Recreational fishing is enjoyed by many South Australians.
A recreational fishing licence is not required in South Australia.
A permit is required when fishing in certain reservoirs in South Australia.
It is important to be aware of and follow the rules for:
- size, bag, and boat limits
- closures and aquatic reserves
- reservoir fishing
- rock lobster pot registration
- fishing gear
- protected species
- aquatic pests.
The Department of Primary Industries and Regions (PIRSA) is the government agency responsible for managing South Australia’s fish stocks on behalf of the government and community. PIRSA manages the fishing activities of an estimated 277,000 recreational fishers.
This is done through:
- administration of the Fisheries Management Act 2007
- enforcing closures and aquatic reserves
- regulating recreational fishing gear
- enforcing size, bag, boat and catchand possession limits
- protecting species
- the FISHCARE volunteer program
2021–22 recreational fishing survey
The latest survey compares traditional telephone survey methods, such as paper diaries and phone calls, with a survey hosted on the SA Fishing app.
If you’re a recreational fisher, we enourage you to participate in our survey. The data we collect will help us maintain the long-term sustainability of fish stocks, which all fishing communities will benefit from.
Find out more about the 2021–22 survey.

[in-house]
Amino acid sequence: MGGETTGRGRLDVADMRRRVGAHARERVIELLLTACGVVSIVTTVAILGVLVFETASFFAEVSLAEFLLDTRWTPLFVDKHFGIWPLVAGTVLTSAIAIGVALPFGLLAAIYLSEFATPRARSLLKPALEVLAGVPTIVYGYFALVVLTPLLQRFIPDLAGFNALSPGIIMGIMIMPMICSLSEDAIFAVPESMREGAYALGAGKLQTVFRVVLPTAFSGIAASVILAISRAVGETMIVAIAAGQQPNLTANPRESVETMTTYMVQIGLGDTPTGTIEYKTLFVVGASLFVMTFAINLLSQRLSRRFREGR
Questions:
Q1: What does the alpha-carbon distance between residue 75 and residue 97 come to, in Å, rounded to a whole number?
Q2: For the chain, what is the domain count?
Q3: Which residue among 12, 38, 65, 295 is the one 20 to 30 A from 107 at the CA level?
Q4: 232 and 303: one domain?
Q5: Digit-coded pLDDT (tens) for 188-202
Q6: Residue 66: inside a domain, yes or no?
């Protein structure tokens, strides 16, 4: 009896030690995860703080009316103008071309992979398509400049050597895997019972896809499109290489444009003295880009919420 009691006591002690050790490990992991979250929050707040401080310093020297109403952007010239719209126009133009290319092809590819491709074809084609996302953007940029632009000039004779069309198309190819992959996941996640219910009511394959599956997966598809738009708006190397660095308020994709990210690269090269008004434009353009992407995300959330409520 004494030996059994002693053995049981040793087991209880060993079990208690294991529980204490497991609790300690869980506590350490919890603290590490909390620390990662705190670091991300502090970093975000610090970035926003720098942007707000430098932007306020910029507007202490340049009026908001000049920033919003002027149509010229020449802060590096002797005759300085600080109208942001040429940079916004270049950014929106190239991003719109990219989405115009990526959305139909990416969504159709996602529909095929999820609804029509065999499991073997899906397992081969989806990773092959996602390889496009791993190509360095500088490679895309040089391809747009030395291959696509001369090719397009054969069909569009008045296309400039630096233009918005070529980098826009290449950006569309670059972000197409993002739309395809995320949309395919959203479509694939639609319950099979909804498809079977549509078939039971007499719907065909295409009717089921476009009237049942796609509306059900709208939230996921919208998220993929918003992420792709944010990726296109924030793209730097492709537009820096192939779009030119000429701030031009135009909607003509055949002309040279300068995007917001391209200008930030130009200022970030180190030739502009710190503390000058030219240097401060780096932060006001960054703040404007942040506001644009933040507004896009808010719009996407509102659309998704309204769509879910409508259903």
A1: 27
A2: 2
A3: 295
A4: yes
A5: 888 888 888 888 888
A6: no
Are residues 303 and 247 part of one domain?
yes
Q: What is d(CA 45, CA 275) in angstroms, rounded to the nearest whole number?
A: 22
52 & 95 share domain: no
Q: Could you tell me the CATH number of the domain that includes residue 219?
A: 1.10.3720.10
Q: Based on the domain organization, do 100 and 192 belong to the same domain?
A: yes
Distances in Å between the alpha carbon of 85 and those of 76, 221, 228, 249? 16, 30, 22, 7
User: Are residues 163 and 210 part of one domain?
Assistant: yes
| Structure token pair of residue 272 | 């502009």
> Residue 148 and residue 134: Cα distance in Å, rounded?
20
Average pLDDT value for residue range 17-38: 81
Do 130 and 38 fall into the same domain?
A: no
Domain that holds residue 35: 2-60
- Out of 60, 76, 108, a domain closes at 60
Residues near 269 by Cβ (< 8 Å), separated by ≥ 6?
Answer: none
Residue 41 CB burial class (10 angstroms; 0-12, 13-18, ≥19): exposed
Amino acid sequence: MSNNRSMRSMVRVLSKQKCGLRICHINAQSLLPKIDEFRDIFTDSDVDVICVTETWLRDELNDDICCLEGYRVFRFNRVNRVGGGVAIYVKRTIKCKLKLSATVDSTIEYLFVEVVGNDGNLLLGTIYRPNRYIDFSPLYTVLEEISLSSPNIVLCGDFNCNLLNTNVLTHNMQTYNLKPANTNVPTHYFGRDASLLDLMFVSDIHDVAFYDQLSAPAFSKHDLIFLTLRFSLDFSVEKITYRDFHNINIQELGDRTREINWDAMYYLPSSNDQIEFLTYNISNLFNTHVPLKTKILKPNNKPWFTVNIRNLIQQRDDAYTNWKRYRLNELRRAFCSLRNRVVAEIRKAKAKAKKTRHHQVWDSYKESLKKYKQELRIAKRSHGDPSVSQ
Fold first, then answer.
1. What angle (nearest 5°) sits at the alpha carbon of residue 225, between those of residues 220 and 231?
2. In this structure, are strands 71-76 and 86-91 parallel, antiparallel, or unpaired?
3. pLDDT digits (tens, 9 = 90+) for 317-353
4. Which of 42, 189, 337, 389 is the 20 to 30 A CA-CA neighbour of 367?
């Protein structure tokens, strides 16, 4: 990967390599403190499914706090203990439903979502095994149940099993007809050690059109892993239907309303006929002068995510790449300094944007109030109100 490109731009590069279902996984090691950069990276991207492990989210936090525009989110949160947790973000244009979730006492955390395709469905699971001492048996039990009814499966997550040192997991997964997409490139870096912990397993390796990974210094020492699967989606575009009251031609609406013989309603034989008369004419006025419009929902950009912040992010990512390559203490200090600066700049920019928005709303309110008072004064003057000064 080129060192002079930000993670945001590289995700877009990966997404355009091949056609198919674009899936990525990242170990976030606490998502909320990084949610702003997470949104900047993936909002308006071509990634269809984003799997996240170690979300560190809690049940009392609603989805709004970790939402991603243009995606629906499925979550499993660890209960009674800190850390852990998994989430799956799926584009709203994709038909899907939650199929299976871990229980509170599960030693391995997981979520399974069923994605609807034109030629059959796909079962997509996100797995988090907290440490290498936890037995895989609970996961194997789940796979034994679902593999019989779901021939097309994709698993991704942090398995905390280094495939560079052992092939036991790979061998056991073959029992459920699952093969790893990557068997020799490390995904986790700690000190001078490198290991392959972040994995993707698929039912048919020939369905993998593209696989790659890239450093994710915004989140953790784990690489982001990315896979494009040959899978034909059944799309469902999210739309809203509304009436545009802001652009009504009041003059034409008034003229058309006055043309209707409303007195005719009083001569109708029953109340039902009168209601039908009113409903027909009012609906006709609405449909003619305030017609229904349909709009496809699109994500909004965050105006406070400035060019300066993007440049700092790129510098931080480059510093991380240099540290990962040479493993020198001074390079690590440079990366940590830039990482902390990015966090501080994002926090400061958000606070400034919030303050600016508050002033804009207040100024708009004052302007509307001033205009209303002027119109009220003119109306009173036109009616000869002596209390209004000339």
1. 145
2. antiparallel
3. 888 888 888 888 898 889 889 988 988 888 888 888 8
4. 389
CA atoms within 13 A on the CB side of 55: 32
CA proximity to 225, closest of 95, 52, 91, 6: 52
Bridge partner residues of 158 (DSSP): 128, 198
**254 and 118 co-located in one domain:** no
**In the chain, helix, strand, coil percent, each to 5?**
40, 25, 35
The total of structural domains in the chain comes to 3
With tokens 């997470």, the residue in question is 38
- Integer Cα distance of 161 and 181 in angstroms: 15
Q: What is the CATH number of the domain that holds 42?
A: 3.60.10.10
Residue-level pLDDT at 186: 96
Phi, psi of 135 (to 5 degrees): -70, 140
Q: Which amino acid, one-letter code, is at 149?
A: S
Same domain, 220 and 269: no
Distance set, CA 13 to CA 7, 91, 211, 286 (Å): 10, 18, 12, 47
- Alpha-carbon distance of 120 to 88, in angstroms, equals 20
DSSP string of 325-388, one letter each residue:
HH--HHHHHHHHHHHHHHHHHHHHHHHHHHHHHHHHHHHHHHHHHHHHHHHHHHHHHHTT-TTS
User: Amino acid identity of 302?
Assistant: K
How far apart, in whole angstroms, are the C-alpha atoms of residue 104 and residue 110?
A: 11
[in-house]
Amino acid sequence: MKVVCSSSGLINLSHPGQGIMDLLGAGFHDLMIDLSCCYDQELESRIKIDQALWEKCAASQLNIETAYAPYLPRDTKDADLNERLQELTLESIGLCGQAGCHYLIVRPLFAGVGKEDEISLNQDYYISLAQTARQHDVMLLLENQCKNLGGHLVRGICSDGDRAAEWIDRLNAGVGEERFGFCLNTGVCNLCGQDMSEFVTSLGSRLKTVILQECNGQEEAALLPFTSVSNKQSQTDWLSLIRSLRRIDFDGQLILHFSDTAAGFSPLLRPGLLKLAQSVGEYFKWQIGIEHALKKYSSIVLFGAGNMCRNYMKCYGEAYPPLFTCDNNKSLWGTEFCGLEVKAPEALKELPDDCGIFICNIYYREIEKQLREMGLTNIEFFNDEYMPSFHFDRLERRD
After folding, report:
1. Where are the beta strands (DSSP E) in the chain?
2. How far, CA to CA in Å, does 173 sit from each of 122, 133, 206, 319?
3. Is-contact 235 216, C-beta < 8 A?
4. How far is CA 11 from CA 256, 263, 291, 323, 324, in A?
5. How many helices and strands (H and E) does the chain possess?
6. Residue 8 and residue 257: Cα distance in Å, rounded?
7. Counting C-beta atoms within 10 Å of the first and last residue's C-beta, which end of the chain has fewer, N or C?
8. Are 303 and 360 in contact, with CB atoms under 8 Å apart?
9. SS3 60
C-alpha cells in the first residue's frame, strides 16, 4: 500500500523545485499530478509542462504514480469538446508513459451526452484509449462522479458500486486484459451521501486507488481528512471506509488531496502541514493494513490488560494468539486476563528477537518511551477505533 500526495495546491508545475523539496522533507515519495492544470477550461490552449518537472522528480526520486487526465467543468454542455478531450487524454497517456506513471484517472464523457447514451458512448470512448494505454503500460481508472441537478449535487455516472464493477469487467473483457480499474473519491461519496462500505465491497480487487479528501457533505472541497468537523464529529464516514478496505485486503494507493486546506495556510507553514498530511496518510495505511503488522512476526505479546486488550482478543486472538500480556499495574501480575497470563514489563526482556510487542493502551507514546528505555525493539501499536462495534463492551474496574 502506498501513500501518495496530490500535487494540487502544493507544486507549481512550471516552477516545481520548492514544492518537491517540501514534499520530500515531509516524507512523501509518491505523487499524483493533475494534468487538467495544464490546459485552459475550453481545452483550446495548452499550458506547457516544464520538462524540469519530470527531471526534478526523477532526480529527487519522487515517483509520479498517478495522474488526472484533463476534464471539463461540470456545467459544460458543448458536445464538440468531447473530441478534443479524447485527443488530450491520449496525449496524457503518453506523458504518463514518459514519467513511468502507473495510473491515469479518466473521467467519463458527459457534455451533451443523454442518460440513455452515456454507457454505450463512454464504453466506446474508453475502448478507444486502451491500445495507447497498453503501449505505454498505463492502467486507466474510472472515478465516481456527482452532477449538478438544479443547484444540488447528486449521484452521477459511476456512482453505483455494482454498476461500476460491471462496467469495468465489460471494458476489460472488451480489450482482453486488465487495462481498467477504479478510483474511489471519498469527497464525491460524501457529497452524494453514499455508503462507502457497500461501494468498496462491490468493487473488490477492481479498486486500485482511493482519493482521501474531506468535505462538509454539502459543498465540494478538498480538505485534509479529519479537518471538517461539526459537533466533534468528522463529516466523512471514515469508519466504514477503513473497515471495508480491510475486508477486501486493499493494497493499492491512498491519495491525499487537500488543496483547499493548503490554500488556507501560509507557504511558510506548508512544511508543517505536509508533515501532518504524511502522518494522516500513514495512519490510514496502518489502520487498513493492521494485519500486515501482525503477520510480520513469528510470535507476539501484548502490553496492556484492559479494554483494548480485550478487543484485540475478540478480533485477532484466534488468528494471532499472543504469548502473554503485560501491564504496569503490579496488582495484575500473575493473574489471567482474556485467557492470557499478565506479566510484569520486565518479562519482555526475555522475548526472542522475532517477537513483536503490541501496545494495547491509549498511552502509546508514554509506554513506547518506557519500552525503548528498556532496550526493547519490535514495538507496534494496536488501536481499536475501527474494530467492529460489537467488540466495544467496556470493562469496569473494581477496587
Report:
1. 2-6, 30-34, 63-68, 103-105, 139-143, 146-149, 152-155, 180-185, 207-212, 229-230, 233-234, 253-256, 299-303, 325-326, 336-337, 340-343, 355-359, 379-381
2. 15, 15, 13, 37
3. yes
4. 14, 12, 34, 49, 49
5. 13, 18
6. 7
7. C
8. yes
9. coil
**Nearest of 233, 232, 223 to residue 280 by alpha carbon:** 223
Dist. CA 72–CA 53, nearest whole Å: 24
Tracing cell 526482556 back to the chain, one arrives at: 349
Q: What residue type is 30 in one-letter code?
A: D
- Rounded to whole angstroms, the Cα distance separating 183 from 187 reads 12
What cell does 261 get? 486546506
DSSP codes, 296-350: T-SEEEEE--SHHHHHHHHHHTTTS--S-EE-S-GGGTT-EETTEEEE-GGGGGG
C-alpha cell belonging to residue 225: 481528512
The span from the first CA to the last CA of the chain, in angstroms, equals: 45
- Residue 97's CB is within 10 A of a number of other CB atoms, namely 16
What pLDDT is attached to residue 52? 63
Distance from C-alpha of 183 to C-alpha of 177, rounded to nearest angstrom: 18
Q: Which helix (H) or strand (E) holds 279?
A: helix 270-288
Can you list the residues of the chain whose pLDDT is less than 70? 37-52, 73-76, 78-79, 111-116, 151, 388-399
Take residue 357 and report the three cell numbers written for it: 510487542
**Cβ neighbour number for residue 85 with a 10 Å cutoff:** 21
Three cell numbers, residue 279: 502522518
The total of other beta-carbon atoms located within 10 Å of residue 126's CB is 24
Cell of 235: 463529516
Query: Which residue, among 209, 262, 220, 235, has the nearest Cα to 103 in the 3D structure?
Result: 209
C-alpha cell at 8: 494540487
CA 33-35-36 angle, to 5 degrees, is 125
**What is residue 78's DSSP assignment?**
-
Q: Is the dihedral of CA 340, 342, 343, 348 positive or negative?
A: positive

Size, bag, boat and possession limits
Size, bag, boat and possession limits are enforced by PIRSA to protect aquatic stocks and make sure there are enough fish for the future. They make sure that the number and correct size of fish are taken. This allows juvenile species to continue to grow and breed.
See the fishing limits page for more information.
Tips for using bait and berley
Before you go fishing, make sure you are familiar with the bait and berley guidelines.
Closures and aquatic reserves
Closures and aquatic reserves protect significant habitat, ecosystems and communities in South Australian waters. Fishing activities and other activities might be prohibited or restricted within these areas. Aquatic reserves provide protection to nursery areas allowing the species to breed and grow without interference.
See information on closures and aquatic reserves.
Regulating fishing gear
We enforce regulations about the:
- number of devices allowed
- type and legal specification of devices that can be used
- marking of devices.
PIRSA's compliance officers are responsible for monitoring fishing gear to make sure it is compliant.
Some fish species are protected and must not be taken:
- at all times
- during certain stages of their life cycle
- during certain times of the year
- from particular closed areas or reserves
See the protected species page for more information.
FISHCARE volunteer program
The FISHCARE volunteer program raises awareness among the fishing communities about the need to protect and preserve our resources for future generations.
- educate fishers about rules and regulations
- give advice and assistance
- hand out fisheries information material
- attend community events.
Learn more about the FISHCARE volunteer program.
We run Fishwatch to make sure fishing rules and regulations are followed.
The Fishwatch 24 hour hotline lets members of the public:
- report illegal fishing activities
- ask for information about rules and regulations
- find out about licencing and regulation
- report unusual activity around fish.
See the Fishwatch section for more information.
Surveys provide consistent and comparable information on recreational fishing to inform fishery stock management. They help in setting access and allocation resources for fishers.
See the recreational fishing surveys page for more information.